Kalmenson & Alone

A Throng of one

Without balance or justification
A stand-alone throng of one
Reviewed daily by way of mirror
As often as one might appear
Look what joy I see in me
No questions allowed
More speed when space need not be shared
Lacking despair, for none was ever there
What was has always been
A one sided building leaning
Towards Kalmenson
At one with being alone.

The Decision Making Process

For sure all family’s are different with regard to the decision making process. What is or isn’t important may have enormous variances from home to home around the country, your own neighborhood, or even the world. The case of vanilla or chocolate sounds so simple, but is it?

Three guys bring home some ice cream to surprise their families at the end of a workday. The scenario will vary.

In house number one the kids are eagerly awaiting Dads entrance; they’re all over him from the moment he comes into the picture. They over-react with yelling and screaming about what Dad has brought home with him. Their display shows how they couldn’t care less about the package he has with him. Believe it or not; the kids are hyped up about seeing their Dad; what a concept!
House number two; Dad shouts out, “I’m home”. No answer; the kids are busy watching Sponge Bob.


I would be destined to remember this one morning in November; not that it was morning, or even the month or the year, which gave it an extra specialness, not as an earth-shattering event. Logic provides remembrance of ones own birth as just about an impossibility to forget. And lest I forget, the woman who carried me through to a full time pregnancy, found it her natural duty in life, to remind me whenever it was at all possible, that mine was indeed the most difficult pregnancy ever recorded as such. In her very own words, “You were a painful little infant to carry around for so many months, and an even more painful child to deliver.” She also had an unbelievable story about the number of hours she was in labor. I know my first two words on earth must have been, “I’m sorry.” And of course her response,” You should be!!!” Auspicious, wouldn’t you say?

A day or single moment added to many, through my early years which laid wide open what was mine, always and forever; they say seventy five percent of who we are, and most likely what we will turn out to be, coincides rampantly with what became ours by way of environment. In other more simple terms: It’s mostly about bloodline, baby. When do we allow for the acknowledgment of what is ours alone, and what was given to us unknowingly by a parent, or perhaps both mother and father?

Like so many boys who became men before me, I grew up with a heavy dose of hero worship for my dad. The thought of being anything at all like my mother was beyond my comprehension. In my mind mothers were there to take care of the house, prepare the food, and in general be a family caterer. She couldn’t possibly help me with the important things like playing baseball, or attending baseball games, or listening to baseball games on the radio.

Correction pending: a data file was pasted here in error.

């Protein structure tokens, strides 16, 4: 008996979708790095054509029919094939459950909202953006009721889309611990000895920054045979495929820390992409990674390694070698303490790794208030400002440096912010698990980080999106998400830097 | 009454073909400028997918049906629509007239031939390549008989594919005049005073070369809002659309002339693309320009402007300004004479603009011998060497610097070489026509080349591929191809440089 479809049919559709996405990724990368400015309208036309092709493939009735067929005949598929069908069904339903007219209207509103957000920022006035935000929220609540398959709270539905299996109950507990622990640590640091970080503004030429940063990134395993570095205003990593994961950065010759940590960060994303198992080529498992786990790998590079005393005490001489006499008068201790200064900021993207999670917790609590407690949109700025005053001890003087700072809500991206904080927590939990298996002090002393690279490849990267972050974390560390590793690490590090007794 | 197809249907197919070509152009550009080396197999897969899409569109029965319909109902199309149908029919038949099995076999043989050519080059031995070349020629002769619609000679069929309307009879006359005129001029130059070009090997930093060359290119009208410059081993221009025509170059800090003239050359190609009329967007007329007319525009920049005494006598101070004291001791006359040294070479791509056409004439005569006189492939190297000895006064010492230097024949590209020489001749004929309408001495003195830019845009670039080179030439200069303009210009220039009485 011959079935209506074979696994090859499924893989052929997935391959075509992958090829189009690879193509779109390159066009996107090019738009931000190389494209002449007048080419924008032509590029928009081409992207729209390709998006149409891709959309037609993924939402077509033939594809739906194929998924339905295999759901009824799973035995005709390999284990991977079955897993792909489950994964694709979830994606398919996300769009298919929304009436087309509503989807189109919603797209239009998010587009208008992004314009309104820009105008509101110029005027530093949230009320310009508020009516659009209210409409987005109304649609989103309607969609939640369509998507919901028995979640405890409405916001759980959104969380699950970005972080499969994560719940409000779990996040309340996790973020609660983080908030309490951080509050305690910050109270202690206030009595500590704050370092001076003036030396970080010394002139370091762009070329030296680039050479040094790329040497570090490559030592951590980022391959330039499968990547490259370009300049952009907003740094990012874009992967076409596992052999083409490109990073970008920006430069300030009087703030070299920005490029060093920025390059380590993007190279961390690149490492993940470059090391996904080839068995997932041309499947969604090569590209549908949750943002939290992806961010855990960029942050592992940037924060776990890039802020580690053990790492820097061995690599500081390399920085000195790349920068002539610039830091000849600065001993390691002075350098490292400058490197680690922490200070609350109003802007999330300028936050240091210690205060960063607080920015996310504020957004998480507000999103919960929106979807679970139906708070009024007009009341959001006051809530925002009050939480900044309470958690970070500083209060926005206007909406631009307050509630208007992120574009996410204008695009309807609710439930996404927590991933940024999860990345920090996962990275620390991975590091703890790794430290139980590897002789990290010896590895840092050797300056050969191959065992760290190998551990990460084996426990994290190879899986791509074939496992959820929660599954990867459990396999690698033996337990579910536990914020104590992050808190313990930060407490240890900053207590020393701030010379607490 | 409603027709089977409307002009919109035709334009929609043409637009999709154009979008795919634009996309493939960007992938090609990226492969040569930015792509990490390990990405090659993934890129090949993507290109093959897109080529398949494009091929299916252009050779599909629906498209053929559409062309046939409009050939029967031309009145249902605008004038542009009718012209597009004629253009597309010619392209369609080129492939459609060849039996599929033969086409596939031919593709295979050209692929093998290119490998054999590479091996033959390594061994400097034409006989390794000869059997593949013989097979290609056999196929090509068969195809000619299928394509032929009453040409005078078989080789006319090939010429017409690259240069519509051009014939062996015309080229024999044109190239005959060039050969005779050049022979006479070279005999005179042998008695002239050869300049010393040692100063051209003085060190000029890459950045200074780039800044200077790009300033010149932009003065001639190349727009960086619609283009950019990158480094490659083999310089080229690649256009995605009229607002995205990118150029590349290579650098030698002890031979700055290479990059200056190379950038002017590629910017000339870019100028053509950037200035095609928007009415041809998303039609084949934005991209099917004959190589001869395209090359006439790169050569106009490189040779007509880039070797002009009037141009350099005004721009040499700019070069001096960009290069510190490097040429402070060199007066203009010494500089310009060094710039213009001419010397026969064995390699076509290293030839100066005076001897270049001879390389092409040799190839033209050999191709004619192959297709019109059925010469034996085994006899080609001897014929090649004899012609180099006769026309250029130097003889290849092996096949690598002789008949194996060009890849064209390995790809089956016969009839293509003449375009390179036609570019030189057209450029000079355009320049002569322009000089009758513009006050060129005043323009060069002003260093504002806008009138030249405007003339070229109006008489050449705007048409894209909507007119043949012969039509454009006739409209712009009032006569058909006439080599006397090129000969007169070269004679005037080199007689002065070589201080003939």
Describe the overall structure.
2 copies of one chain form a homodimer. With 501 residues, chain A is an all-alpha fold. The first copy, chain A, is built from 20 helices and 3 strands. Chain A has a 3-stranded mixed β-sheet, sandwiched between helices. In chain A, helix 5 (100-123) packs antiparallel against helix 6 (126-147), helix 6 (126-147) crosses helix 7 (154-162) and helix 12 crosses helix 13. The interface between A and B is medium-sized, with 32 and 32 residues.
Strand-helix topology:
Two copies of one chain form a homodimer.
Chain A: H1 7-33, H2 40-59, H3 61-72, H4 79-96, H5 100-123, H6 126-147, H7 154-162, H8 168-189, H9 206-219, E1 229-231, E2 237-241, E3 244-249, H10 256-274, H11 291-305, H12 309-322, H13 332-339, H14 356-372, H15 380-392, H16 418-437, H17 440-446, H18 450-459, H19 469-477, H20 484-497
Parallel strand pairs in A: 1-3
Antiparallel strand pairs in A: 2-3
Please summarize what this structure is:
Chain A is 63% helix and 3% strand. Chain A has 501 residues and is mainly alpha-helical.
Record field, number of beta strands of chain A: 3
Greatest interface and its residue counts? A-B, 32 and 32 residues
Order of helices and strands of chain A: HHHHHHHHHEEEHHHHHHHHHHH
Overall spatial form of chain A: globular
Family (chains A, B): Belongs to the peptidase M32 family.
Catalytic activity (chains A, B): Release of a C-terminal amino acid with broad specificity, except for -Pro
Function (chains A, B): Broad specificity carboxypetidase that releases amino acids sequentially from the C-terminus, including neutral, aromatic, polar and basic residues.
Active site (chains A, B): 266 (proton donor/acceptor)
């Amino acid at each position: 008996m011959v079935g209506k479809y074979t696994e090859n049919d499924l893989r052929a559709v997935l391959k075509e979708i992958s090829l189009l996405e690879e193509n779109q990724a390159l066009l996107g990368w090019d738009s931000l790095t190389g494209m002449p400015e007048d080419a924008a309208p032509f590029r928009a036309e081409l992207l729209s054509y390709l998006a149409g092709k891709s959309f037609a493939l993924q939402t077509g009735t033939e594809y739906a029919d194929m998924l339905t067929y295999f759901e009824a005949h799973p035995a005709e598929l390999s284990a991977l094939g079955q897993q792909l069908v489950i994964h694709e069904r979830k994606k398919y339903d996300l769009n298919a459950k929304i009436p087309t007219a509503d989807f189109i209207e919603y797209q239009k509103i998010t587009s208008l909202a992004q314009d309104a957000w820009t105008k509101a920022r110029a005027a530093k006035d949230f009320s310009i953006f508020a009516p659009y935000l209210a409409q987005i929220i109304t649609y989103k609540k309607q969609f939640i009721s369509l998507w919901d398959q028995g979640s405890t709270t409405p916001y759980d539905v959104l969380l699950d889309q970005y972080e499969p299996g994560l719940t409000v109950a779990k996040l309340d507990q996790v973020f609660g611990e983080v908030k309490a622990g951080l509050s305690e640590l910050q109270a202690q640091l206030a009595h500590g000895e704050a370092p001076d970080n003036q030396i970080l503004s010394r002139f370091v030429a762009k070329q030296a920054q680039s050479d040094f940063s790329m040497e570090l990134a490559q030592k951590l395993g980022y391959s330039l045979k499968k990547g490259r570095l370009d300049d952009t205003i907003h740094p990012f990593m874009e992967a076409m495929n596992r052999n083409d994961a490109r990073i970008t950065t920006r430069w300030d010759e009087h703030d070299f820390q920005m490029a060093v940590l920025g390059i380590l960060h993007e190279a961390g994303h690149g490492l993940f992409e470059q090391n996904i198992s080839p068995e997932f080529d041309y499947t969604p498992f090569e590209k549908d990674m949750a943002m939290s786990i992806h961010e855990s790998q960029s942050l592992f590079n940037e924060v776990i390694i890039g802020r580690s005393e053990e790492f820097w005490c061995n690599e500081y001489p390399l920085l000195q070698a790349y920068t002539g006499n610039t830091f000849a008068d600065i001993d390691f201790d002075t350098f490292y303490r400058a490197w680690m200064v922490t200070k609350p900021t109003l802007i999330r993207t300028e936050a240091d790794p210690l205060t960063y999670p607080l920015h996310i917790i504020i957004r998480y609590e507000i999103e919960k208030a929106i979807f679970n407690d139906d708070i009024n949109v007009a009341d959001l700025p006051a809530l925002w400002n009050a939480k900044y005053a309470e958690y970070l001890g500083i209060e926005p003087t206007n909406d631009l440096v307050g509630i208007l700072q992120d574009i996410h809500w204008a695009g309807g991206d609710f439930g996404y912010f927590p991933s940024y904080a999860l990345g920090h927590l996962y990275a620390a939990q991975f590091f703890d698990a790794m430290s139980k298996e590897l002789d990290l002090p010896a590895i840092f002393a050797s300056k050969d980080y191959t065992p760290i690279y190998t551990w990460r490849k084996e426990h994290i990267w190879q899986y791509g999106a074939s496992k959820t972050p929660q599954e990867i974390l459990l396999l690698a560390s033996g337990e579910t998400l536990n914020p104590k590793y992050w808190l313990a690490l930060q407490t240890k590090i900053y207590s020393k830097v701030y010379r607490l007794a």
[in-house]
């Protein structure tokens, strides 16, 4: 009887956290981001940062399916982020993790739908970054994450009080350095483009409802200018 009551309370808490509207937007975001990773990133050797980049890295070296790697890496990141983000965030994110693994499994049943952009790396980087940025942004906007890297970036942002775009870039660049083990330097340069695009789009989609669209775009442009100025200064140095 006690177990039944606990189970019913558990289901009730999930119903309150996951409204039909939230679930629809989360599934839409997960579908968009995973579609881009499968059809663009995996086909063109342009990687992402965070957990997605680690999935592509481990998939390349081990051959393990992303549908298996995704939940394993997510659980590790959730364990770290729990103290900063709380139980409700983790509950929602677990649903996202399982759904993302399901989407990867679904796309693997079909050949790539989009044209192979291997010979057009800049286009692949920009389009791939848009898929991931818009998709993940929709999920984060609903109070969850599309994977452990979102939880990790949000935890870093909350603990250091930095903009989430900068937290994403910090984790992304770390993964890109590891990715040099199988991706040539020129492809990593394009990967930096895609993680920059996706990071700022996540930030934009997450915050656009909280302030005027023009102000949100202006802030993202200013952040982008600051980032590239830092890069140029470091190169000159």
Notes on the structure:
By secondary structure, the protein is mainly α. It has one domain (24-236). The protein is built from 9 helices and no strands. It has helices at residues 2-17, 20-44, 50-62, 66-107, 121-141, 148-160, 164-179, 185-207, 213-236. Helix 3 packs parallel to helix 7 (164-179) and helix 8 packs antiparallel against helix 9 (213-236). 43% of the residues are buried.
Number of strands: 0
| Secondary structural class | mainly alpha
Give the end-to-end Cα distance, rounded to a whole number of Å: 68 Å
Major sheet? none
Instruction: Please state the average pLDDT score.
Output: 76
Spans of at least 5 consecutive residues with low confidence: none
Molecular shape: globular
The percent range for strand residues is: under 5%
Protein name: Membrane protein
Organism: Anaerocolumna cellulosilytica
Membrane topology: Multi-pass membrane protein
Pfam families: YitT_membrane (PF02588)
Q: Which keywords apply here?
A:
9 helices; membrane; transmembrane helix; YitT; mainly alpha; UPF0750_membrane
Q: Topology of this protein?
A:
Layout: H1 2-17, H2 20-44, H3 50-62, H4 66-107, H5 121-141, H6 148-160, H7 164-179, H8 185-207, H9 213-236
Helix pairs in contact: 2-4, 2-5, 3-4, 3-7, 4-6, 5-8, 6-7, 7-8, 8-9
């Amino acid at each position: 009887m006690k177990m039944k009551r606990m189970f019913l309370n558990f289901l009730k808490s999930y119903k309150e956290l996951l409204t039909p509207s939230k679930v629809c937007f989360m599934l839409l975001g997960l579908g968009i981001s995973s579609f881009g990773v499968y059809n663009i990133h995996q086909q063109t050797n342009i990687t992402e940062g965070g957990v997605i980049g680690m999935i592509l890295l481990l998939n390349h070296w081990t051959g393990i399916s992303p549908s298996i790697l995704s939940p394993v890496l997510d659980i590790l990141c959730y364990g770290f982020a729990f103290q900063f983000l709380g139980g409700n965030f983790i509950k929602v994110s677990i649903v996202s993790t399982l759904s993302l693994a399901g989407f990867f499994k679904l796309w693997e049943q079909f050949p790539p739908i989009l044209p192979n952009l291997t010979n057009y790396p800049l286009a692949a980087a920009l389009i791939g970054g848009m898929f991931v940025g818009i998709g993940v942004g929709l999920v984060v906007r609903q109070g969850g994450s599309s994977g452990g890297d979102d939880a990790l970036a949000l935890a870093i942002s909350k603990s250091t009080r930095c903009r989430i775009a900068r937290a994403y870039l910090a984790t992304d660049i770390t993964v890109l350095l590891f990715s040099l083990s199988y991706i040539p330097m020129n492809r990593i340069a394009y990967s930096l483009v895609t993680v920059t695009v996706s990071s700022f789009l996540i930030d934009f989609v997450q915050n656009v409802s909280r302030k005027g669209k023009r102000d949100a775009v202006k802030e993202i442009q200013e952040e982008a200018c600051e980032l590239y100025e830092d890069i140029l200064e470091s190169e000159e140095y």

(Yes, I did say radio. When I was a young boy, television had not yet made an appearance. My father and I spent many hours together sitting in front of the family radio listening to a sporting event, or to one or more of the popular radio shows.)

What could I possibly say about Lillian, to capture her nature, as one of the most benevolent people I’d ever meet during my lifetime? Many that met Lillian did not share my feelings and felt the opposite to be true. She was a wildly swinging patriot of the United States. She took this country personally, as if God had given it to her. Her character traits were by no means cultivated. Love, laughter or anger, she shot from the hip. So it came as no surprise that Lilly treated a person’s uncertainty as a gesture of deceit. Extremely quiet people occurred to her as having something up their sleeve. These were the folks she might never trust. The woman didn’t enter a room, she penetrated; without a word she became a focal point. Her words could be sweet or sour, matching a temperament capable of instant change, often times in mid sentence. And At Lillian’s Court, without reverence or resemblances of sweet talk,
The walk she walked was hers.

Lillie’s Convictions

Solar Power

  • It never rose and it never flew; there for it was bullshit they blew.
  • Politicians
  • To every answer you can find a new question. For every question those who understood neither would elect another question, and then you proudly take office without a prayer to succeed, or promises can you fulfill?


  • If each one sweeps before his, or her, own private door, the whole street is clean. But what may remain within each mans home, may never be seen.


  • Don’t change for me, but do allow yourself the ultimate pain and gratification of some degree of alteration. And if not alteration, perhaps making a marriage license cost prohibitive as the solution for half of the pending divorces. If most people couldn’t afford to get married, we would have far fewer divorces.


  • If the married couple doesn’t have children the divorce would be free of charge. A simple goodbye would do the trick. People who have brought children on to this earth would not be eligible for divorce until the youngest of the children reached age eighteen. Disrespectful children would not be allowed to reach the age of eighteen.

Understanding Love

As in things from childhood, never understood
When a parent gives voice to them
Some children never will or would
They must take what is given
And know all told must be true
When a child listens early on to a parent
Without living experiences
Never understanding
Never understood.

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